By Stephen Longstaffe
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Additional info for 1 Henry IV: A critical guide
118 This reading of 1 Henry IV took Greenblatt’s acknowledgement of the play’s subversive elements to the next level by suggesting that these elements were not contained. This issue was also explored by Barbara Hodgdon. 119 Issues pertaining to nation and national identity emerged from such analyses of power and its potential subversion as a significant issue in criticism on the play in the 1990s, and in the early twenty-first century. 120 Richard Helgerson directly engaged with Kastan’s interpretation of the play in his 1992 study, Forms of Nationhood: The Elizabethan Writing of England.
Kastan, Shakespeare After Theory, p. 134. 117. Kastan, Shakespeare After Theory, p. 132. 118. Kastan, Shakespeare After Theory, p. 141. 119. Barbara Hodgdon, The End Crowns All: Closure and Contradiction in Shakespeare’s History (Princeton, NJ: Princeton University Press, 1991), pp. 153, 158–59. 120. Kastan, Shakespeare After Theory, p. 131. 121. Richard Helgerson, Forms of Nationhood: The Elizabethan Writing of England (Chicago: University of Chicago Press, 1992), p. 227. 122. Helgerson, Forms of Nationhood, p.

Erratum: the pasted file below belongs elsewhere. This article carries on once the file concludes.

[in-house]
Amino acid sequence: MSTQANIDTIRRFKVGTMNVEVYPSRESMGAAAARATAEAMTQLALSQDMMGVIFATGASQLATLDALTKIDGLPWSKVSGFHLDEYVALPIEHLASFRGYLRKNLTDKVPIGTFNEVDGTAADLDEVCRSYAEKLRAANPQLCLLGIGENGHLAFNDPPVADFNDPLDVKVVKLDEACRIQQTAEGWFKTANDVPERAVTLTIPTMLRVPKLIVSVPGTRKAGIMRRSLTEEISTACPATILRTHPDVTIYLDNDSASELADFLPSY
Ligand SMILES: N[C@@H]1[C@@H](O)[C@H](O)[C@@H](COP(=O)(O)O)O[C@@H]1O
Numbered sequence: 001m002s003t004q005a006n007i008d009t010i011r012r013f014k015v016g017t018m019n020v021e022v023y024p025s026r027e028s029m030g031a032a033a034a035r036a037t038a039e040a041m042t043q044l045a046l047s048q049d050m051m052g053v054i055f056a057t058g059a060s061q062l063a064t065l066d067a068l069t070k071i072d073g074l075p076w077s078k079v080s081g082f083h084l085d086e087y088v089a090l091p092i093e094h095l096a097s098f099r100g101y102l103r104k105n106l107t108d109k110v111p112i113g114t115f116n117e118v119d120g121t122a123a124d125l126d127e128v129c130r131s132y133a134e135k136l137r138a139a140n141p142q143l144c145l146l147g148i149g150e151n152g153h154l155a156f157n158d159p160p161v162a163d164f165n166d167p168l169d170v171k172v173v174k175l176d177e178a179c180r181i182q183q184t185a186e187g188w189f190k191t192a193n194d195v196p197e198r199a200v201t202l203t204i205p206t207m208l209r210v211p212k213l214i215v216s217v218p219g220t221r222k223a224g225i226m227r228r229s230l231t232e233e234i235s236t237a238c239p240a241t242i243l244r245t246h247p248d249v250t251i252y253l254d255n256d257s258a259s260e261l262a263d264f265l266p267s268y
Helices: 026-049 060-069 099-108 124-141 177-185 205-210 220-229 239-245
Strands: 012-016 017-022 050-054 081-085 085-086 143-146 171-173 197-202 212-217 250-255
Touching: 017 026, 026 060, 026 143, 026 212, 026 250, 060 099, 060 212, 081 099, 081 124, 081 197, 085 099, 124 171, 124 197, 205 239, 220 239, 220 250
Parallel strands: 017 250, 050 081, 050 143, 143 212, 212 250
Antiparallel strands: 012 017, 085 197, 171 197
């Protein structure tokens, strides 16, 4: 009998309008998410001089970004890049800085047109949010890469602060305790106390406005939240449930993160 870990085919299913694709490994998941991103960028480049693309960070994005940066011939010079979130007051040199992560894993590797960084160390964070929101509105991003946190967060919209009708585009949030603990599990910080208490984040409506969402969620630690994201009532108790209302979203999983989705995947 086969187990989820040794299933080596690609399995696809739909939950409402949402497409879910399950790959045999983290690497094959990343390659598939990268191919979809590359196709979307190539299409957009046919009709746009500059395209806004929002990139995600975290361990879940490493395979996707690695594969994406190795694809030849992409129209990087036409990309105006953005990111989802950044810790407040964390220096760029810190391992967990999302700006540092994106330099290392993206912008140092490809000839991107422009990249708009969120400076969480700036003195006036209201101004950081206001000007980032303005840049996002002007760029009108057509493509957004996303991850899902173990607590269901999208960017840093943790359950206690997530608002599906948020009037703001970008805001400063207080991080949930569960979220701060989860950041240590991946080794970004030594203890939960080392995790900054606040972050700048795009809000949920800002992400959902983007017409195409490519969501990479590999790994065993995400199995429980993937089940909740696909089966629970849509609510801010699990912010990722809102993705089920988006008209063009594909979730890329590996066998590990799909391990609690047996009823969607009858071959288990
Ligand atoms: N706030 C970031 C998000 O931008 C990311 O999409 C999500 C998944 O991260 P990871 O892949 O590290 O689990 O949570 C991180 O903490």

35. Davies, Dramatic Micellanies, pp. 202, vi. 36. Elizabeth Inchbald, King Henry IV, The First Part . . With Remarks (1806–1809) (New York: Scholars’s Facsimilies and Reprints, 1990), p. 3. 37. Inchbald, King Henry IV, p. 4. 38. Inchbald, King Henry IV, p. 4. 39. Maurice Morgann, An Essay on the Dramatic Character of Sir John Falstaff (1777), in Henry the Fourth Parts I and II: Critical Essays, pp. 15–40 (p. 15). 32 1 HENRY IV 40. Morgann, Dramatic Character of Sir John Falstaff, p. 39. Christy Desmet, Reading Shakespeare’s Characters: Rhetorics, Ethics and Identity (Amherst, MA: University of Massachusetts Press, 1992), p.
1 Henry IV: A critical guide by Stephen Longstaffe